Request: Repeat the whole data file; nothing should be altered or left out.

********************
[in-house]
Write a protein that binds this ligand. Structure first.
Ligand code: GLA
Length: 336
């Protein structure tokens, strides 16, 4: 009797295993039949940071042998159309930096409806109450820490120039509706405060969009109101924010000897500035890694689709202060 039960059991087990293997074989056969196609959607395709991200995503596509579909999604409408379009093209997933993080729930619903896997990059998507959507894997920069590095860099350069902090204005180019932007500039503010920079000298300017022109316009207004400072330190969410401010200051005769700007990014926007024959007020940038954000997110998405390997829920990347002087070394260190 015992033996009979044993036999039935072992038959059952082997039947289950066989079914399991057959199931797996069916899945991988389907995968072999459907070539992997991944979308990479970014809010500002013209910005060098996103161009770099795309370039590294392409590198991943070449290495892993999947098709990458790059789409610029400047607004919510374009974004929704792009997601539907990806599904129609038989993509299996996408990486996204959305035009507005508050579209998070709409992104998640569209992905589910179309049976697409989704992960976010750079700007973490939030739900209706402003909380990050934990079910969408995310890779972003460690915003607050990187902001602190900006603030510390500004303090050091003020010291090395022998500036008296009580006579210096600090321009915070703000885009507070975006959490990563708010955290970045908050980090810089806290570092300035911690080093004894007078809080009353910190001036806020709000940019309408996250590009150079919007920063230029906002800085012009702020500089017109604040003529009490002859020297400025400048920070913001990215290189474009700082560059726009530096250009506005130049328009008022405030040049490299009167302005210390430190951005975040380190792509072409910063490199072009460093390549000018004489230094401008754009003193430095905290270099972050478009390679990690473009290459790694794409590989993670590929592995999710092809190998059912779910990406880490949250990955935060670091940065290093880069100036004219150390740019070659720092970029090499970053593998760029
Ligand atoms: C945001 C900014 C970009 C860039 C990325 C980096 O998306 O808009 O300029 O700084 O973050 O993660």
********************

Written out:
[in-house]
Write a protein that binds this ligand. Structure first.
Ligand code: GLA
Length: 336
């Protein structure tokens, strides 16, 4: 009797295993039949940071042998159309930096409806109450820490120039509706405060969009109101924010000897500035890694689709202060 039960059991087990293997074989056969196609959607395709991200995503596509579909999604409408379009093209997933993080729930619903896997990059998507959507894997920069590095860099350069902090204005180019932007500039503010920079000298300017022109316009207004400072330190969410401010200051005769700007990014926007024959007020940038954000997110998405390997829920990347002087070394260190 015992033996009979044993036999039935072992038959059952082997039947289950066989079914399991057959199931797996069916899945991988389907995968072999459907070539992997991944979308990479970014809010500002013209910005060098996103161009770099795309370039590294392409590198991943070449290495892993999947098709990458790059789409610029400047607004919510374009974004929704792009997601539907990806599904129609038989993509299996996408990486996204959305035009507005508050579209998070709409992104998640569209992905589910179309049976697409989704992960976010750079700007973490939030739900209706402003909380990050934990079910969408995310890779972003460690915003607050990187902001602190900006603030510390500004303090050091003020010291090395022998500036008296009580006579210096600090321009915070703000885009507070975006959490990563708010955290970045908050980090810089806290570092300035911690080093004894007078809080009353910190001036806020709000940019309408996250590009150079919007920063230029906002800085012009702020500089017109604040003529009490002859020297400025400048920070913001990215290189474009700082560059726009530096250009506005130049328009008022405030040049490299009167302005210390430190951005975040380190792509072409910063490199072009460093390549000018004489230094401008754009003193430095905290270099972050478009390679990690473009290459790694794409590989993670590929592995999710092809190998059912779910990406880490949250990955935060670091940065290093880069100036004219150390740019070659720092970029090499970053593998760029
Ligand atoms: C945001 C900014 C970009 C860039 C990325 C980096 O998306 O808009 O300029 O700084 O973050 O993660």